Managing Anger With Schizophrenia

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Things have been more or less consistent the last several days.  I’m still getting out and exercising as I’m breaking in a new pair of heavy duty hiking boots most days.  Started lifting weights at least 3 times per week again.  Still working through educational programs and khanacademy.org .  Been watching shameless amounts of old tv shows through Netflix.  I’ve plowed through half of season 1 of Star Trek: Enterprise just in the last week.  In short things have been going pretty good and steady for 90 percent of the time.

Sadly, I still have that 10 percent of the time that still causes me problems.  Many of these problems are partly due to a new neighbor in my complex.  This man has been irritable to almost everyone in our complex.  I refuse to go into details but this individual is the angriest and most closed minded man I have ever met.  He doesn’t believe in mental illness at all.  I will say no more.

I haven’t filed any complaints against this tenant because I’ve previously filed complaints against tenants that we’re being uncivil with no results.  Usually problems like these have wound up being solved when these tenants would move or get evicted over violating terms of the lease.  I’ve been at my current apartment for several years and I have had problem neighbors come and I’ve seen problem neighbors go.  Nothing new.

It bothers me at times and sometimes provokes emotions ranging from mild irritability to a nagging sense of anger.  I don’t enjoy having these nagging senses of anger.  I’m not a confrontational or violent man by nature.  And confronting others will only make things worse.  I refuse to get evicted or committed over annoying and irritable people who will, in time, get a massive dose of karma courtesy of their own actions.  As uncomfortable as that nagging sense of anger is, I just allow it to pass in a controlled and limited burn.  I no longer try to force myself to be happy nor do I fear this anger anymore.  What I do instead is allow myself to feel angry without acting on it.  I don’t fear getting angry because I have the good sense to let it go gradually and constructively rather than allow it build up for days.  Just because I feel anger doesn’t mean I’m going to act on it.  I enjoy having the escape valve of free will and self control.

Learning to manage anger with schizophrenia is not a skill that can be learned in one day.  It is a trial and error process that is ongoing and never ending.  I am much better at it now than I was 15 years ago.  And I plan on being much better than I am now with the passing of another 15 years.  Feeling anger is not bad or evil.  It is how anger is channeled or acted on that determines whether anger is constructive or destructive.  It is also important to note that what we do send out will come back on us over a long enough time line.  Or as one of my college friends crassly put it “Karma’s got a large boot and kicks asses harder than we can.”

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Reflections On Being a Recovering Doom Junkie

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As I’ve been laid up for the last few days with a sore foot that is only now starting to clear up, I have been allowed the opportunity to reflect back on all the changes that have happened over the last several years in my lines of thinking.

I turned 35 years old this summer.  Even after being a college graduate, working for several years, and being on my own for a dozen years, I’m still not as smart as I thought I was at age 18.  But, I enjoy being an adult.  I also have enough years of experience that I’ve survived several supposed “end of the world and collapse” type scenarios that I chuckle every time I see such drivel. After seeing the ’88 Reasons for the Return of Jesus in 1988′, the Branch Davidians, the Hale Bop Comet cult, Y2k, 9/11, the tech bubble, the stock market bust of 2008 and subsequent Great Recession, the Mayan apocalypse of 2012, listening to my grandparents’ stories of the Great Depression, Dust Bowl, and World War II, and seeing ‘evidence’ that every U.S. president since at least JFK was supposed to be the Anti-Christ, I’ve developed the attitude of “Meh, let it come.”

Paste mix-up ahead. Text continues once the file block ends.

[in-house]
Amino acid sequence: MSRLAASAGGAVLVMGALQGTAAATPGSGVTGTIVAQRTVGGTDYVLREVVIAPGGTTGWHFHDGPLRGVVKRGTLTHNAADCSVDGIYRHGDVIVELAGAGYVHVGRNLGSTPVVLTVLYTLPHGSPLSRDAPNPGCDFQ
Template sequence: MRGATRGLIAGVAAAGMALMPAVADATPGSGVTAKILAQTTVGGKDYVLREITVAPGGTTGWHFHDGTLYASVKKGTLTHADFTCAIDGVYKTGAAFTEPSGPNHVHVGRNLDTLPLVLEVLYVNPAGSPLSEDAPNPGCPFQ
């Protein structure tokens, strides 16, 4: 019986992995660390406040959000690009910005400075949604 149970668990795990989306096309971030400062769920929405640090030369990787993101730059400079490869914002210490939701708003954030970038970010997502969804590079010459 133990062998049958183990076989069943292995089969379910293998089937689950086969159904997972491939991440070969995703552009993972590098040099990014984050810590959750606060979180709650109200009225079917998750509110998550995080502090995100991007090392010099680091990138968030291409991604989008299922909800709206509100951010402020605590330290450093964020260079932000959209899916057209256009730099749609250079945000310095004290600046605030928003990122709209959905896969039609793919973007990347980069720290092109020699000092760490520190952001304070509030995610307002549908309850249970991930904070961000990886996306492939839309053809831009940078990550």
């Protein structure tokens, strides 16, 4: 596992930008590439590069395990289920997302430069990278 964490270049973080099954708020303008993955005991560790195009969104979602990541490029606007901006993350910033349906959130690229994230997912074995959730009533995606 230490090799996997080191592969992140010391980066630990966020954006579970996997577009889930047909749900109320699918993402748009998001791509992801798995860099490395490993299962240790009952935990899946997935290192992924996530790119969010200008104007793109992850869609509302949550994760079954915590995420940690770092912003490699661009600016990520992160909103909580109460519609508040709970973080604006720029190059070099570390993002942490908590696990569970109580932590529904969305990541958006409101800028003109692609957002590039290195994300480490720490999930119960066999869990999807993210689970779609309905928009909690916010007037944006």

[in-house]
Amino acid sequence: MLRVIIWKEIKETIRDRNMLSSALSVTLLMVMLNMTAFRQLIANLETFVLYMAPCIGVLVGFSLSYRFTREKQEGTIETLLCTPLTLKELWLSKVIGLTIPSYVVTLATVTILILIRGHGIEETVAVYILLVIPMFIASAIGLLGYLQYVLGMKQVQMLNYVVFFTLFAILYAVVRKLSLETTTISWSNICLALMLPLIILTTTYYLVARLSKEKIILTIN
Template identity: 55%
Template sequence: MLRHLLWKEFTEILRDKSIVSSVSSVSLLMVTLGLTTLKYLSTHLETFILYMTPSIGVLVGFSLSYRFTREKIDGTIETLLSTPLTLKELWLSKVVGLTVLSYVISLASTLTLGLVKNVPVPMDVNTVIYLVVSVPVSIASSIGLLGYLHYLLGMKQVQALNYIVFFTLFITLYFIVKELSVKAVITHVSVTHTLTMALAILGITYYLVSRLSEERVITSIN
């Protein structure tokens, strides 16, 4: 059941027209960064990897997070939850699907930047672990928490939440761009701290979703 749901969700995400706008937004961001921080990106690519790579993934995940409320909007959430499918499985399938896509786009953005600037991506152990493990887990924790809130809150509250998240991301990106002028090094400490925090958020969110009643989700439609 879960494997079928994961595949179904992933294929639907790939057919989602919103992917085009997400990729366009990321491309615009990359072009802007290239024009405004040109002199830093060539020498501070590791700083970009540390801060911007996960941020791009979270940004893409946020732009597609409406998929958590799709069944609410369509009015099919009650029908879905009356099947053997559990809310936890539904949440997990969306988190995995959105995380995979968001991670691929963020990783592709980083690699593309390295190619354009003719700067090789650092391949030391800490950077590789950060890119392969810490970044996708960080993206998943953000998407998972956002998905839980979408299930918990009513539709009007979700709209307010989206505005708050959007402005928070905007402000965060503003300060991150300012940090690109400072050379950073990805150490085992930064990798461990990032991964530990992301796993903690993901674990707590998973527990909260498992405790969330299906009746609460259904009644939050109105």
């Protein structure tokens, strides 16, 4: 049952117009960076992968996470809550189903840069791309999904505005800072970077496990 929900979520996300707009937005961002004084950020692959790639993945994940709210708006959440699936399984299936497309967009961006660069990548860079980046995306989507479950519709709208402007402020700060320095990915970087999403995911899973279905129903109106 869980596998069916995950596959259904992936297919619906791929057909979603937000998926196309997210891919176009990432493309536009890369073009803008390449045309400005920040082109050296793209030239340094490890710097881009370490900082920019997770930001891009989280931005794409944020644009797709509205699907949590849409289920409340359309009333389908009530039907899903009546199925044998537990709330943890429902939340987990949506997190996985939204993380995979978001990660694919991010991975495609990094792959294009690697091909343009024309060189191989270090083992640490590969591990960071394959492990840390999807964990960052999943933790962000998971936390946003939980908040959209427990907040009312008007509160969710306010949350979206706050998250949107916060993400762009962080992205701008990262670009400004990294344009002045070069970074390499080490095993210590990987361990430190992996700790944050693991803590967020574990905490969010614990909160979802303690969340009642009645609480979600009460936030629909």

I suppose this is an advanced line of thinking, especially since I am prone to unhealthy paranoia.  But the older and wiser I get, the less time I have for doom and gloom nonsense.  I spent a couple years researching some of that doom nonsense myself and even thought some of it possible.  But then, I used to think that Santa Claus, the Easter Bunny, magical elves, pixie dust, and Disney fairy tales were possible too.  When I was a child I thought and acted as a child.  Now that I am a man I put foolish and childish things aside.  Wise words, St. Paul.

As I’ve experienced changes over the course of my 35 years I’ve come to the conclusion that change is the only constant.  I’ve come to embrace it and actually hope for even more. I’ve also accepted that there are always going to be hustlers and well meaning fools that are convinced that the ends of civilization and humanity are just around the next corner.  If I live long enough I’m probably going to see blogs and youtube videos, or the successors to blogs and youtube, about how the manned missions to Mars are hoaxes, how greedy elites are hoarding the proceeds from asteroid mining for their evil purposes, how we’re all going to die from nanotech and anti-matter experiments gone bad, etc.  I’ve seen enough of this before.  Nothing new.  Since our ancestors survived several ice ages and bubonic plagues I know at least some people will be able to whatever comes our way in the future.  One could make a fortune not betting against humanity.

Dealing With Uncivil Behavior With A Mental Illness

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I absolutely hate any time some fools feel like they are required to spout off and read off a laundry list of transgressions (most of which are exaggerated or imagined) that another group has committed.  I have never understood why ‘normal’ people seem to thrive on interpersonal conflicts and strife.